Crabby Old Lady will be here in a moment but for a few sentences this is me, Ronni. After I wrote today's post, members of the U.S. Federal Communications Commission (FCC) voted on Friday to kill Net Neutrality. A couple of weeks ago, I wrote about what that then impending vote, if passed, would mean for you and me.
Answer: more expensive internet services for all of us and in the case of small blogs like this one or startup businesses counting their pennies, having your website "throttled" (slowed down) if you don't pay big fee. It's now law of the land.
This vote was taken, by the way, even though more than a million FAKE comments were found at the FCC website supporting repeal.
We'll talk about this more next week. Meanwhile, there are rumblings of at least one state attorney general and a number of public interest political organizations that oppose repeal will be suing to repeal the repeal. Some hope. Maybe.
There are all kinds of things they don't tell people about growing old. Throughout the midyears, most people sort of know it's mostly old people who are afflicted with cancer, heart disease and diabetes, for example. In fact, they are even called “diseases of age”.
But most convince themselves that such events are too far in the future to cause concern and anyway, it won't be me, says everyone.
Today, however, Crabby Old Lady is talking about the relatively benign afflictions that accompany old age – they won't kill you but they are massively annoying, and they never go away.
HAIR OR LACK THEREOF
Let's start with hair: ear hair, nose hair, thin hair, no hair. Ear hair shows up mostly on men and Crabby had assumed that was true for nose hair too. Wrong. If she is not vigilant, it could grow long enough to braid.
More men appear to be bald than women but Crabby is catching up. The hair on the back of her head was becoming so thin that a couple of years ago she took to collecting hats and mostly does not leave home without wearing one. Lately, however, the loss is worsening.
Undoubtedly Crabby Old Lady should be grateful that chemotherapy hasn't made her bald (yet), but that place on the back of her head and now her front hairline are becoming thinner by the day – a lot more skin showing that hair.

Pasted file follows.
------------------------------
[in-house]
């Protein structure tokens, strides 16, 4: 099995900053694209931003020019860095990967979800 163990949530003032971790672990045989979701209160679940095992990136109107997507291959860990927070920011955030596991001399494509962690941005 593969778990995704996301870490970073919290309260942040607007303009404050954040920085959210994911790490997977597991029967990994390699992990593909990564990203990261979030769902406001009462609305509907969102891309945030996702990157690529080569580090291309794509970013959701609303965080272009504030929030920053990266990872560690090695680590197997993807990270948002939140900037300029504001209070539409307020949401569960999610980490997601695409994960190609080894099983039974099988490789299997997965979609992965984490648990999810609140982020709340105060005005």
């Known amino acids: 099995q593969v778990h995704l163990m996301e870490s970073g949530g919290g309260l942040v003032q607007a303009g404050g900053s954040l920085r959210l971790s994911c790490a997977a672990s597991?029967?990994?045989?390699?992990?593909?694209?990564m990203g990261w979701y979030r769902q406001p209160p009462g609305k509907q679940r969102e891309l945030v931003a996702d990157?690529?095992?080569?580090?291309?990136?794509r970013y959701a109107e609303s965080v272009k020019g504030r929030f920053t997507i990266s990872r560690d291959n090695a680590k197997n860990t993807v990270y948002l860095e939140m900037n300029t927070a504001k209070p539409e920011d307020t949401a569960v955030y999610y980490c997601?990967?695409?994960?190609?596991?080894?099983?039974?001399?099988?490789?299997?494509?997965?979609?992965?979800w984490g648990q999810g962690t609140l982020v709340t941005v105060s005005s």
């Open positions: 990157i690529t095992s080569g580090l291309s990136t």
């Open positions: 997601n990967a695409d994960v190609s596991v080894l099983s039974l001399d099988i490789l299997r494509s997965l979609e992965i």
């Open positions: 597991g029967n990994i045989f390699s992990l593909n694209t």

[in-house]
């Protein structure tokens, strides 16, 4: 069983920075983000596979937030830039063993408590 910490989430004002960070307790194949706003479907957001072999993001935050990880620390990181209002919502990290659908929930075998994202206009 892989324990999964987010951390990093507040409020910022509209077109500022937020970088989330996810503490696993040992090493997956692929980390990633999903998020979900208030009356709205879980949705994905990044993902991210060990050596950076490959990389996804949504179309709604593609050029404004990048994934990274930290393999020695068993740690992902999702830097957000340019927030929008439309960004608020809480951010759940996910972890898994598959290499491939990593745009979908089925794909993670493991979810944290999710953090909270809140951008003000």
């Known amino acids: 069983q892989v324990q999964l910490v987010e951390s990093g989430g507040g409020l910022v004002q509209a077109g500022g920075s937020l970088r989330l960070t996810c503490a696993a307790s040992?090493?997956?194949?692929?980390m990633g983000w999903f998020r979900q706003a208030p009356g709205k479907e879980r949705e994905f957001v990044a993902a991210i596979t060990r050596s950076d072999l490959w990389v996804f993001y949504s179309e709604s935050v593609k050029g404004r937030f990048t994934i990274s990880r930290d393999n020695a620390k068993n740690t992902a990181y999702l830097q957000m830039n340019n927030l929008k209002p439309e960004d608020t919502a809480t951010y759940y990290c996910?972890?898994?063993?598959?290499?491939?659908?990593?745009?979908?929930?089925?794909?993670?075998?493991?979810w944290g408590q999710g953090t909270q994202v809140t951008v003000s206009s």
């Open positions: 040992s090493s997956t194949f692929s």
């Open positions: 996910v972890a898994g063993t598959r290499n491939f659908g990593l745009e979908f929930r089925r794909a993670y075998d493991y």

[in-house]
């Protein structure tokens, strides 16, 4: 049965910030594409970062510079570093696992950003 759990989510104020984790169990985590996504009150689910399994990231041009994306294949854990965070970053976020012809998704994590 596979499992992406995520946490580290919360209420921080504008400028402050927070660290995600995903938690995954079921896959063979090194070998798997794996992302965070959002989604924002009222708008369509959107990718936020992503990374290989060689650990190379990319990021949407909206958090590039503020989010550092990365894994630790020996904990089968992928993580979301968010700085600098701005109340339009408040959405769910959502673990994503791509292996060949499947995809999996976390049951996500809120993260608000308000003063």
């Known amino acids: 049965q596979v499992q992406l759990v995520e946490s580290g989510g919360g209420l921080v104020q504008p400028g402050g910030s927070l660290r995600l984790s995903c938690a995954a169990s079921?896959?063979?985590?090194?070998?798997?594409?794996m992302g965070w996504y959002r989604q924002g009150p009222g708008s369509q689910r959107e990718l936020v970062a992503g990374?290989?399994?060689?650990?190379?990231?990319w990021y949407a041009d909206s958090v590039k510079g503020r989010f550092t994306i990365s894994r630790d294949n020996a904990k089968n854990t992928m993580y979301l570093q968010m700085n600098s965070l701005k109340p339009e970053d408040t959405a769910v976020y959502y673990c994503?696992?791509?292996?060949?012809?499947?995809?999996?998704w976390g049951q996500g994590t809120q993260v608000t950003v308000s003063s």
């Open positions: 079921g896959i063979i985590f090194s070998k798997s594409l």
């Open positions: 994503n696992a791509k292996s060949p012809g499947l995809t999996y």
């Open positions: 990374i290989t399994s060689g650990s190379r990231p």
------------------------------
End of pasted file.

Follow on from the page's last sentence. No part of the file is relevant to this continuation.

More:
This hair misery gets its own paragraph. It's amazing how fast these isolated – three or four at a time – hairs appear dotted across Crabby's chin and pulling them out with a tweezer causes big-time pain.
This wasn't a problem for most of her life and even though she finally found a specialized razor that works quite well, Crabby resents the need to keep up with those stray hairs.
AGE SPOTS AND FRECKLES
When she was a kid, Crabby longed for smooth unblemished skin but I was stuck with freckles, little brown spots that she believed then were unattractive at best, ugly at worst.
Life goes on and sometimes you find a way to accommodate disappointments. In this case, when Crabby learned of age spots that commonly turn up on the backs of the hands of old people, she thought, “Oh, goodie. When I get old, age spots will hide the freckles."
The flaw in that thinking is obvious and anyway, no one would confuse age spots with freckles. Crabby doesn't like either one but she honestly doesn't care nowadays. It is one of the great benefits of old age - not caring about all sorts of things anymore.
THE MIDNIGHT BATHROOM RUN
For most of Crabby's adult life, she believed it was men who couldn't get through the night without two or three or more trips to the bathroom.
It's been about ten years since she was disabused of that error. Unless Crabby is the only one, it's women too.
This wasn't as important before cell phones started using fingerprint ID technology. Did you know that old people can lose their fingerprints? As reported here four or five years ago,
”...the elasticity of skin decreases with age, so a lot of senior citizens have prints that are difficult to capture,” reported Scientific American.
“The ridges get thicker; the height between the top of the ridge and the bottom of the furrow gets narrow, so there's less prominence. So if there's any pressure at all [on the scanner], the print just tends to smear.”
This also happens to people like bricklayers and tilers whose fingers have been worn flat.
It seems as soon as a new security technology comes along, there is a glitch its creator didn't take into consideration. Already with cell phone facial recognition, the wrong people's faces are being identified as correct.
Undoubtedly you can come up with more irritating afflictions that Crabby Old Lady has overlooked: eye floaters and tinnitus come to mind. And there there is this: when some new malady manifests itself, it can be hard to know if it requires a doctor visit or is just some new aggravation about which there's nothing to be done.
It's not as if the late actor Bette Davis didn't warn us: “Old age ain't for sissies,” she said.